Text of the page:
ON THE HUDSON, NYACK
12 by 24 in.
(30.5 by 60.9 cm)
signed F.A. Silva and dated '71, l.l.
oil on canvas
Childs Gallery, Boston, Massachusetts, circa 1970s
Paul A. Kossey
Private Collection, Massachusetts
Private Collection, Washington, D.C.
New York, Berry-Hill Galleries, Francis A. Silva: In His Own Light, April-June 2002, pl. 9, pp. 33-34, 75, illustrated
John I.H. Baur, "Francis A. Silva: Beyond Luminism," Magazine Antiques, November 1980, pl. I, p. 1019, illustrated
John K. Howat, et al, American Paradise: The World of the Hudson River School, New York (an exhibition at The Metropolitan Museum of Art), New York, 1987, pp. 317-18, illustrated
On the Hudson, Nyack represents one of Francis Silva's most successful forays in the luminist idiom. Illustrated in John I. H. Baur's influential article "Francis Silva: Beyond Luminism" (Magazine Antiques, 1980), the present work is a classic expression of the movement deemed "the culminating phase of Hudson River painting" (John Wilmerding, American Light, Washington, D.C., 1980, p. II). Baur first coined the term "luminism" in 1954 to distinguish a group of Hudson River School artists: Francis Silva, Martin Johnson Heade, and Fitz Henry Lane, among others, for their particularly American consciousness of the effects of light and atmosphere. In subsequent reevaluations of the movement, art historians recognized a deliberate manipulation of those effects to elicit a highly personal response from the viewer. Luminism had its literary equivalent in Emersonian transcendentalism and has been credited with fostering "some of the nineteenth century's profoundest thoughts on nature" (Barbara Novak, Nature and Culture, London, 1980, p. 18). On the Hudson, Nyack was painted in 1871, a period of exceptional output, during which the artist traveled constantly up and down the coast, from New Jersey to Massachusetts, in search of subjects. Mark D. Mitchell writes, "by far the most famous of Silva's themes from this early period was not formal, but geographic: the Hudson River...works such as On the Hudson, Nyack incorporate both the diffuse light and palette range (though more muted) of his earlier compositions, but applied to the quintessential nineteenth-century landscape subject" (Francis A. Silva: His Own Light, New York, 2002, pp. 33-34). The scene depicts a broad view of Nyack, New York from the Hudson River (where today the Tappan Zee Bridge crosses the river) as the workday draws to a close. The eastern seaboard was a favorite subject of the luminist painters, who felt the clear light and undeveloped shores were ideal for their aesthetic aims. Mitchell continues, "...perhaps because of the transitional nature of this moment in Silva's career, his Hudson River scenes are among his most charming and effective early works" (Francis A. Silva: His Own Light, New York, 2002, p. 34).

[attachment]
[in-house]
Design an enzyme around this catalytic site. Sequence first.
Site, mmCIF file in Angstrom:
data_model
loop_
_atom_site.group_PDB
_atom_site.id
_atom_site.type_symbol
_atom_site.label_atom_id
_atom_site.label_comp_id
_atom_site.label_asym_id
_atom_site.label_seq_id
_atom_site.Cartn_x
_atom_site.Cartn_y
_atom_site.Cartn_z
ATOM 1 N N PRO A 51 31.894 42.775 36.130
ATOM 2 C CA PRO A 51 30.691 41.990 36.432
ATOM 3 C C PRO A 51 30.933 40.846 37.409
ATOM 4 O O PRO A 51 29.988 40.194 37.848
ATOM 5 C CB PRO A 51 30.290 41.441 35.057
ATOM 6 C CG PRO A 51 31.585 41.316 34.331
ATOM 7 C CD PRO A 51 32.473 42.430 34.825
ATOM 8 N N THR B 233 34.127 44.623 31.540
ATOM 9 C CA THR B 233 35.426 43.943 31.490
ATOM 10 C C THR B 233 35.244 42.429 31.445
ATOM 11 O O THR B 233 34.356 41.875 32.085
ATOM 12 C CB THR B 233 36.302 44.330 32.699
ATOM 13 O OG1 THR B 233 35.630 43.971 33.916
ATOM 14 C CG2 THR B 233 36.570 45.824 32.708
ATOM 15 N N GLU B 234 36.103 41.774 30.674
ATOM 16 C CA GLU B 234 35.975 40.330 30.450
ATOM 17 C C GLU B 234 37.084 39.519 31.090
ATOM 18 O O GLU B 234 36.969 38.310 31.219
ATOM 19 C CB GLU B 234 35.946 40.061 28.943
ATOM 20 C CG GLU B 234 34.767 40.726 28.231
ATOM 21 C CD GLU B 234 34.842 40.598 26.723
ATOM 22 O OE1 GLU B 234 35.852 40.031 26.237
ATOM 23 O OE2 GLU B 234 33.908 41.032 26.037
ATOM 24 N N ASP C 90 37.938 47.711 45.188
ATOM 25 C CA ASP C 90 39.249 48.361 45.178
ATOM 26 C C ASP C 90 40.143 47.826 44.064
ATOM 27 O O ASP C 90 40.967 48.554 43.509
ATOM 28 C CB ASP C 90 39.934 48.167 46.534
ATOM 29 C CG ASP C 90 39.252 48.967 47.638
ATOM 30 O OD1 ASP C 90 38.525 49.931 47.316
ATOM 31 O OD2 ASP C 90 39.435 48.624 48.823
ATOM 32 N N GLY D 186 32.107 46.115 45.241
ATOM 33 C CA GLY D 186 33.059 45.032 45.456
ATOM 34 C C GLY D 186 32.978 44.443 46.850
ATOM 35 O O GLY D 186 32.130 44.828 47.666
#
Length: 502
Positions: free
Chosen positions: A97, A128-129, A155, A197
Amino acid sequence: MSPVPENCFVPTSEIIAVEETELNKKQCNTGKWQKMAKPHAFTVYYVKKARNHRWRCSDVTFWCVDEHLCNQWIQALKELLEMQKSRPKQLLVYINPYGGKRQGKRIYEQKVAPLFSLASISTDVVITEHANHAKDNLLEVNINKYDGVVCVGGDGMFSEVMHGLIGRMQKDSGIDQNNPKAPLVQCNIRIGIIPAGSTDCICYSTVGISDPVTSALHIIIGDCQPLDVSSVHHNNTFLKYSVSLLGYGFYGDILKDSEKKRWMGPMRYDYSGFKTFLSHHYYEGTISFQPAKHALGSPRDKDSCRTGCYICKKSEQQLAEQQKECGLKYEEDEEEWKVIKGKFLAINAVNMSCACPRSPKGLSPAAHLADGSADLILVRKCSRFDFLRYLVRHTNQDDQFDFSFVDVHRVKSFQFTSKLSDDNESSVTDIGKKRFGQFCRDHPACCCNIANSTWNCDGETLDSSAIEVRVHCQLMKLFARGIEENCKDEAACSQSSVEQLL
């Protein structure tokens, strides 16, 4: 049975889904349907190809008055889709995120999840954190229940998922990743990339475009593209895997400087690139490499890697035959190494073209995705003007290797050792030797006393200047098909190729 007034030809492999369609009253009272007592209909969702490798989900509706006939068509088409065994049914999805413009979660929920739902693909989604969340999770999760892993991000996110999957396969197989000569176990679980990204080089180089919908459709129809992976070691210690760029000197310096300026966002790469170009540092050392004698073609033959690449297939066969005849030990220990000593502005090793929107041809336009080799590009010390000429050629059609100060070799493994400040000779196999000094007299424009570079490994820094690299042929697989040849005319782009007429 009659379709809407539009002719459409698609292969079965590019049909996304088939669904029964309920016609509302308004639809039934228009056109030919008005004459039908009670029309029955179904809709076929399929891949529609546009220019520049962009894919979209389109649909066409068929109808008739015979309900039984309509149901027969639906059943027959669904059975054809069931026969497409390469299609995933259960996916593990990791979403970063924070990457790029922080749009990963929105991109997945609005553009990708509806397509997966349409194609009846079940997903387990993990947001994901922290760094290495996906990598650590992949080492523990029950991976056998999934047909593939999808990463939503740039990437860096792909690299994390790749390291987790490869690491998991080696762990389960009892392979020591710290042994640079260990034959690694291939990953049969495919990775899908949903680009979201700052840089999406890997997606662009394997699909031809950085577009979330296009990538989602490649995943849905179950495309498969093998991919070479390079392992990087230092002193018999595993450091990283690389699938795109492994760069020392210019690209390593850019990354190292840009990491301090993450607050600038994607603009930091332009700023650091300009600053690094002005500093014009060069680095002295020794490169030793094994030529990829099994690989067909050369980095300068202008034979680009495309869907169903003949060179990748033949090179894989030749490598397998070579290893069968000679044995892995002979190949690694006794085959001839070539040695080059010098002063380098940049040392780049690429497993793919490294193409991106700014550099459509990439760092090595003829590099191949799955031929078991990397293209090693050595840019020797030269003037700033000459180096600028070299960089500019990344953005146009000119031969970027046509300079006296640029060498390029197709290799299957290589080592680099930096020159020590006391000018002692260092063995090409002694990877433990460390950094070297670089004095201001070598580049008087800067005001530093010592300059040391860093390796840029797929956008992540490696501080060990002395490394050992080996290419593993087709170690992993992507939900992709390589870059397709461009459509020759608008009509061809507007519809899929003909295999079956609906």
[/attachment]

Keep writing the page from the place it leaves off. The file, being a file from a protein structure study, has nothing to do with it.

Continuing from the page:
In On the Hudson, Nyack, Silva achieves infinite space through the intimacy of the small scale composition, as opposed to the large panoramas of his Hudson River School counterparts. Art historian Barbara Novak, whose seminal publication American Painting of the Nineteenth Century (1969) broke ground in the discussion of luminism, praised the scale preferred by many luminist painters; citing that by creating a "perfect miniature universe" their depiction of space, "even more than in the large works, gives an impression of limitless amplitude" and "offers to the spectator an irresistible invitation in terms of empathy" (Barbara Novak, Nature and Culture, London, 1980, p. 29). Novak found that the "classic understatement" present in a luminist picture "brought the nineteenth century as close as it could come to silence and void" (Nature and Culture, London, 1980, p. 29). The crystalline surface of On the Hudson, Nyack, its translucent veils of color enhanced by the absence of brushstroke, is a pure manifestation of Novak's criteria for a luminist painting. The horizontal format and saturated brilliance of the sunset and the serene, mirror-like surface of the river create a timeless effect of calm and beauty.